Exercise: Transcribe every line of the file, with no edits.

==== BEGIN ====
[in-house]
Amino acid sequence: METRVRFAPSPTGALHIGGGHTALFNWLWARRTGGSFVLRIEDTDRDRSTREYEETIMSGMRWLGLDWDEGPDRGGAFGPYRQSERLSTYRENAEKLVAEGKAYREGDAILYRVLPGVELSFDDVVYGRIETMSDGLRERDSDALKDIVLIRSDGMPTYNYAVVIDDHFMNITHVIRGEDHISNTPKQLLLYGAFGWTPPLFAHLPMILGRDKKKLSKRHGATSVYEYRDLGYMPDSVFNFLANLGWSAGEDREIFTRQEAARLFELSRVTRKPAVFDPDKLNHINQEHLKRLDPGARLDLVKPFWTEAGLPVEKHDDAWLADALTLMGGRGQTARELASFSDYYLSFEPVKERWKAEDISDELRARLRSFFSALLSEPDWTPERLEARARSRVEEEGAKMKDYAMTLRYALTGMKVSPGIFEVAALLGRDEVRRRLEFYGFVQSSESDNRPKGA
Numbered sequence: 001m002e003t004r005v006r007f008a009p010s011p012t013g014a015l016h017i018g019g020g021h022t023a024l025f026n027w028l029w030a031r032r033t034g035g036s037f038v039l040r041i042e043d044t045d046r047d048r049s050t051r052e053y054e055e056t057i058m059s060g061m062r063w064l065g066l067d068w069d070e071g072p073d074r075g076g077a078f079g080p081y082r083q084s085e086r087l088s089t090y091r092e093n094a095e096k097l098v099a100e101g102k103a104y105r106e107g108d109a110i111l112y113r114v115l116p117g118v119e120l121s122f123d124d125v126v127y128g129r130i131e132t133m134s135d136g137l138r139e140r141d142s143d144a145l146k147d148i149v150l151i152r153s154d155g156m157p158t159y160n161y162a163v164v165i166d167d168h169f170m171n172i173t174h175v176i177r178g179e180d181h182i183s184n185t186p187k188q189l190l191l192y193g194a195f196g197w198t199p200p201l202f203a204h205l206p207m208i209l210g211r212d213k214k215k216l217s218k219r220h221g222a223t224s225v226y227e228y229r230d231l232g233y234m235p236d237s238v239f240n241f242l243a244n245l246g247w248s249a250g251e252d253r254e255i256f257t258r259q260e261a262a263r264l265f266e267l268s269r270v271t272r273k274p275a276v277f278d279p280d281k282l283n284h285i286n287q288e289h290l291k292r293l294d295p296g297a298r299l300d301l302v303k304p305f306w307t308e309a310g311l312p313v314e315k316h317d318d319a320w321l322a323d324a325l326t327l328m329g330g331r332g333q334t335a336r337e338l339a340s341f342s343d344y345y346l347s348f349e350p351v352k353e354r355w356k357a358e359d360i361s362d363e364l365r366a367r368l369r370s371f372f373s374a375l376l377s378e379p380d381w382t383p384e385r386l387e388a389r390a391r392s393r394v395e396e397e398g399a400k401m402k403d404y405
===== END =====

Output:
[in-house]
Amino acid sequence: METRVRFAPSPTGALHIGGGHTALFNWLWARRTGGSFVLRIEDTDRDRSTREYEETIMSGMRWLGLDWDEGPDRGGAFGPYRQSERLSTYRENAEKLVAEGKAYREGDAILYRVLPGVELSFDDVVYGRIETMSDGLRERDSDALKDIVLIRSDGMPTYNYAVVIDDHFMNITHVIRGEDHISNTPKQLLLYGAFGWTPPLFAHLPMILGRDKKKLSKRHGATSVYEYRDLGYMPDSVFNFLANLGWSAGEDREIFTRQEAARLFELSRVTRKPAVFDPDKLNHINQEHLKRLDPGARLDLVKPFWTEAGLPVEKHDDAWLADALTLMGGRGQTARELASFSDYYLSFEPVKERWKAEDISDELRARLRSFFSALLSEPDWTPERLEARARSRVEEEGAKMKDYAMTLRYALTGMKVSPGIFEVAALLGRDEVRRRLEFYGFVQSSESDNRPKGA
Numbered sequence: 001m002e003t004r005v006r007f008a009p010s011p012t013g014a015l016h017i018g019g020g021h022t023a024l025f026n027w028l029w030a031r032r033t034g035g036s037f038v039l040r041i042e043d044t045d046r047d048r049s050t051r052e053y054e055e056t057i058m059s060g061m062r063w064l065g066l067d068w069d070e071g072p073d074r075g076g077a078f079g080p081y082r083q084s085e086r087l088s089t090y091r092e093n094a095e096k097l098v099a100e101g102k103a104y105r106e107g108d109a110i111l112y113r114v115l116p117g118v119e120l121s122f123d124d125v126v127y128g129r130i131e132t133m134s135d136g137l138r139e140r141d142s143d144a145l146k147d148i149v150l151i152r153s154d155g156m157p158t159y160n161y162a163v164v165i166d167d168h169f170m171n172i173t174h175v176i177r178g179e180d181h182i183s184n185t186p187k188q189l190l191l192y193g194a195f196g197w198t199p200p201l202f203a204h205l206p207m208i209l210g211r212d213k214k215k216l217s218k219r220h221g222a223t224s225v226y227e228y229r230d231l232g233y234m235p236d237s238v239f240n241f242l243a244n245l246g247w248s249a250g251e252d253r254e255i256f257t258r259q260e261a262a263r264l265f266e267l268s269r270v271t272r273k274p275a276v277f278d279p280d281k282l283n284h285i286n287q288e289h290l291k292r293l294d295p296g297a298r299l300d301l302v303k304p305f306w307t308e309a310g311l312p313v314e315k316h317d318d319a320w321l322a323d324a325l326t327l328m329g330g331r332g333q334t335a336r337e338l339a340s341f342s343d344y345y346l347s348f349e350p351v352k353e354r355w356k357a358e359d360i361s362d363e364l365r366a367r368l369r370s371f372f373s374a375l376l377s378e379p380d381w382t383p384e385r386l387e388a389r390a391r392s393r394v395e396e397e398g399a400k401m402k403d404y405